Prices did increase sharply in January 1990, and discussion continues on what might have been the cause. One explanation that has been suggested in the context of other transforming economies is that a monetary overhang existed at the outset. According to this argument, such overhangs existed because of repressed inflation under the former centrally planned regimes, with individuals accumulating large liquid balances in the absence of anything to spend money on. In Poland’s case, this theory may not hold, for two reasons. First, Poland had significant inflation before January 1, 1990, so that any large monetary overhang would have been reduced in value in the months leading up to that date. Second, “dollarization” had occurred before 1990—that is, money was moving out of zlotys into dollar-denominated assets. Accordingly, to the extent that there was an overhang, it may not have been in zloty-denominated assets. Although people could not purchase all the goods and services they wanted in the marketplace, dollar-denominated assets provided an alternative outlet that was used quite extensively.
Now, with liberalization, people with money to spend have tended to switch from dollar-denominated assets into goods. In fact there is some evidence to suggest that this shift occurred in Poland in 1990, strengthening the zloty. In the first three months of 1990, deposits denominated in foreign currency began declining again. This behavior is a fairly accurate bellwether of the sort of confidence the population at large had in the program the Polish Government was implementing. In fact, the steady drift out of dollar-denominated assets into zloty-denominated assets has continued to this day, so that the Polish economy is now really a zloty economy.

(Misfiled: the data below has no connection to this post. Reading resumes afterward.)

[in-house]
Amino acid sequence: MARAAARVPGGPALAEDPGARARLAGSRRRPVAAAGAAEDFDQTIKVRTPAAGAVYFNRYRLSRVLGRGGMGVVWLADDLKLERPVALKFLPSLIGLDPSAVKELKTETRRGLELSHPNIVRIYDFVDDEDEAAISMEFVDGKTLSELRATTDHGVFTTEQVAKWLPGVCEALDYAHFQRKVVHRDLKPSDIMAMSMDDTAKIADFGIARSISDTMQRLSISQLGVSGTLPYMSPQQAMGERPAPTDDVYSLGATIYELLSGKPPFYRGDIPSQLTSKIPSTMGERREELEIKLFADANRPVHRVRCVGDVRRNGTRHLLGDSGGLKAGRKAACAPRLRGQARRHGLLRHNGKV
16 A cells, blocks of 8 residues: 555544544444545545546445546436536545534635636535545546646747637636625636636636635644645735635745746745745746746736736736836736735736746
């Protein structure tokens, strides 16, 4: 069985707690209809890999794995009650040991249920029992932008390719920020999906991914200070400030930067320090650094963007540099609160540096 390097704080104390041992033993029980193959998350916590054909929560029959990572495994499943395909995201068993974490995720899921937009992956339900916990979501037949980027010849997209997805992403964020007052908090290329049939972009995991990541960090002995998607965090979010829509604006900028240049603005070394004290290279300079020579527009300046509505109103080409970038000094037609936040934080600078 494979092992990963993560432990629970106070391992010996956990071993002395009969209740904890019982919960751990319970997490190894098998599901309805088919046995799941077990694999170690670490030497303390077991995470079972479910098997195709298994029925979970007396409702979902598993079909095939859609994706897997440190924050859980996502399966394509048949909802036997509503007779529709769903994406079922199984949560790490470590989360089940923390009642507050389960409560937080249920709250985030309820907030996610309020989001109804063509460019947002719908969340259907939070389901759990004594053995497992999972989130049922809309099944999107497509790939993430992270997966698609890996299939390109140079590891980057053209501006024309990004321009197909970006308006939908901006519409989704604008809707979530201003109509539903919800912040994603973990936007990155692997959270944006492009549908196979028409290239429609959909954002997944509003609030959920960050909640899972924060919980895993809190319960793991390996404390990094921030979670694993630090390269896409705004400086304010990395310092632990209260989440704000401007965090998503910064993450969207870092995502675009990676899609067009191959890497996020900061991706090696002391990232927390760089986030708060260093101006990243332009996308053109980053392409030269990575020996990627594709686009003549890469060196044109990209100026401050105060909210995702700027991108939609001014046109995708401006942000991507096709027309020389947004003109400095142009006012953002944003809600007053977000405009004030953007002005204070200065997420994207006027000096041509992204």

There may be no totally adequate explanation for the burst of inflation at the beginning of 1990. Probably it was spurred in part by money coming back into the country from dollar-denominated assets, and in part by the initial overdevaluation of the exchange rate. As for the fixed exchange rate itself, the choice was relatively clear. The earlier discussion concerned Czechoslovakia’s potential to break inflationary expectations—something that was, if anything, a higher priority in Poland. The view was that a fixed exchange rate would help achieve this and, in the absence of better ways to implement corporate governance, would also discipline state enterprises. And the exchange rate was not the only nominal anchor in the system: the wage policy, carried out through tax-based incomes policy, served the same function. This second anchor worked, by some accounts, extremely well at the outset of the program, as real wages declined. In fact, it worked too well, and a correction took place in the middle of 1990 to compensate for the unexpected plunge in real wages earlier in the year.
The basic rationale for the fixed exchange rate has not changed. Initially, the fixed rate was expected to last about three months, but it survived from January 1, 1990 until May 1991. By May 1991, the real effective exchange rate had more or less converged with the real effective rate that had existed prior to the January 1990 program. Subsequently, the zloty was devalued twice. A preannounced crawling peg of about 1.8 percent per month has replaced the fixed exchange rate (this crawl is also fixed, with one time derivative). For many months in 1990, inflation remained high, averaging about 5 percent per month. It has been coming down since but has proved to be relatively obstinate, so the tactic that has been selected to combat it is the crawling peg. Presumably the rate of crawl will be adjusted in the future as the anti-inflation program improves, and eventually the economy will tend toward a fixed exchange rate. But the crawling peg still acts as an anchor for the system. Some may claim that it provides a floor for inflation, but at least it encourages some inflationary discipline.
The task for monetary and exchange rate policy in Poland’s stabilization program was to create a stable monetary environment for decision making and to reduce deep-seated inflationary expectations. Meeting these objectives was not easy. In 1988 and 1989, the zloty began falling into disuse as foreign currency became the favored means of transaction and people sought to hold their wealth in either goods or foreign exchange. By the end of 1989, the inflation rate had soared to 260 percent. After several years of high and accelerating inflation, inflationary expectations were deeply ingrained, and the credibility of both official institutions and government commitments was low.